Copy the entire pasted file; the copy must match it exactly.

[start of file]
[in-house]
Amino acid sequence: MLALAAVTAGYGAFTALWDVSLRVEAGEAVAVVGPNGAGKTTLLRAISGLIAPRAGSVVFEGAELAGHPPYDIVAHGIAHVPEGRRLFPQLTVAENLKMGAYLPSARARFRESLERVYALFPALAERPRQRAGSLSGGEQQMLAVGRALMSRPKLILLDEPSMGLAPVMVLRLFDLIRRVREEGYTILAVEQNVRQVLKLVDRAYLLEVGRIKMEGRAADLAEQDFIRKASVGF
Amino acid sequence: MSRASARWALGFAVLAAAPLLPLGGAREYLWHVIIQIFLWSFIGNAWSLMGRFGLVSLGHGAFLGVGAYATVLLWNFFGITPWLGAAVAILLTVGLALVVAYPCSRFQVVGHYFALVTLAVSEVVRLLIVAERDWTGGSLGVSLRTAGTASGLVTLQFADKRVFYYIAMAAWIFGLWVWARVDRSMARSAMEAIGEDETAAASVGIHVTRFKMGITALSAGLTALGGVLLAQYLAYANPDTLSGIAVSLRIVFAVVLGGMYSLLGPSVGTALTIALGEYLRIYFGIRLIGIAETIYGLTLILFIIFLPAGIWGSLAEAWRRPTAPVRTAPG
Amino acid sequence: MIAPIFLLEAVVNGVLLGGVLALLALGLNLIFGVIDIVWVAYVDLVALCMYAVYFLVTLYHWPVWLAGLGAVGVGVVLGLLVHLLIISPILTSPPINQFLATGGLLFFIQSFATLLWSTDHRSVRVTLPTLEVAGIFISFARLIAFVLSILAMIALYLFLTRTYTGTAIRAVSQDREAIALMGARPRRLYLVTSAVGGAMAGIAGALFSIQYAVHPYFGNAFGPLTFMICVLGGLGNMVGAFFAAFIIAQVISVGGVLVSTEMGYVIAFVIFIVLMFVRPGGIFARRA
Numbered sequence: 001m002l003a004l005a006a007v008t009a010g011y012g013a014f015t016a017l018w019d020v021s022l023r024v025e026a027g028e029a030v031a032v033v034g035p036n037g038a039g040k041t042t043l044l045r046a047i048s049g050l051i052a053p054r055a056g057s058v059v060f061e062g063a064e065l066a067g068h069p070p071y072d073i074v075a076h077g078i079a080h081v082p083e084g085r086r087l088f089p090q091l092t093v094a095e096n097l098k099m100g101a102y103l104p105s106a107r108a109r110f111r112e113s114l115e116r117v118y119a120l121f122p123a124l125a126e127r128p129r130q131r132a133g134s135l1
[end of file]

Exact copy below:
[in-house]
Amino acid sequence: MLALAAVTAGYGAFTALWDVSLRVEAGEAVAVVGPNGAGKTTLLRAISGLIAPRAGSVVFEGAELAGHPPYDIVAHGIAHVPEGRRLFPQLTVAENLKMGAYLPSARARFRESLERVYALFPALAERPRQRAGSLSGGEQQMLAVGRALMSRPKLILLDEPSMGLAPVMVLRLFDLIRRVREEGYTILAVEQNVRQVLKLVDRAYLLEVGRIKMEGRAADLAEQDFIRKASVGF
Amino acid sequence: MSRASARWALGFAVLAAAPLLPLGGAREYLWHVIIQIFLWSFIGNAWSLMGRFGLVSLGHGAFLGVGAYATVLLWNFFGITPWLGAAVAILLTVGLALVVAYPCSRFQVVGHYFALVTLAVSEVVRLLIVAERDWTGGSLGVSLRTAGTASGLVTLQFADKRVFYYIAMAAWIFGLWVWARVDRSMARSAMEAIGEDETAAASVGIHVTRFKMGITALSAGLTALGGVLLAQYLAYANPDTLSGIAVSLRIVFAVVLGGMYSLLGPSVGTALTIALGEYLRIYFGIRLIGIAETIYGLTLILFIIFLPAGIWGSLAEAWRRPTAPVRTAPG
Amino acid sequence: MIAPIFLLEAVVNGVLLGGVLALLALGLNLIFGVIDIVWVAYVDLVALCMYAVYFLVTLYHWPVWLAGLGAVGVGVVLGLLVHLLIISPILTSPPINQFLATGGLLFFIQSFATLLWSTDHRSVRVTLPTLEVAGIFISFARLIAFVLSILAMIALYLFLTRTYTGTAIRAVSQDREAIALMGARPRRLYLVTSAVGGAMAGIAGALFSIQYAVHPYFGNAFGPLTFMICVLGGLGNMVGAFFAAFIIAQVISVGGVLVSTEMGYVIAFVIFIVLMFVRPGGIFARRA
Numbered sequence: 001m002l003a004l005a006a007v008t009a010g011y012g013a014f015t016a017l018w019d020v021s022l023r024v025e026a027g028e029a030v031a032v033v034g035p036n037g038a039g040k041t042t043l044l045r046a047i048s049g050l051i052a053p054r055a056g057s058v059v060f061e062g063a064e065l066a067g068h069p070p071y072d073i074v075a076h077g078i079a080h081v082p083e084g085r086r087l088f089p090q091l092t093v094a095e096n097l098k099m100g101a102y103l104p105s106a107r108a109r110f111r112e113s114l115e116r117v118y119a120l121f122p123a124l125a126e127r128p129r130q131r132a133g134s135l1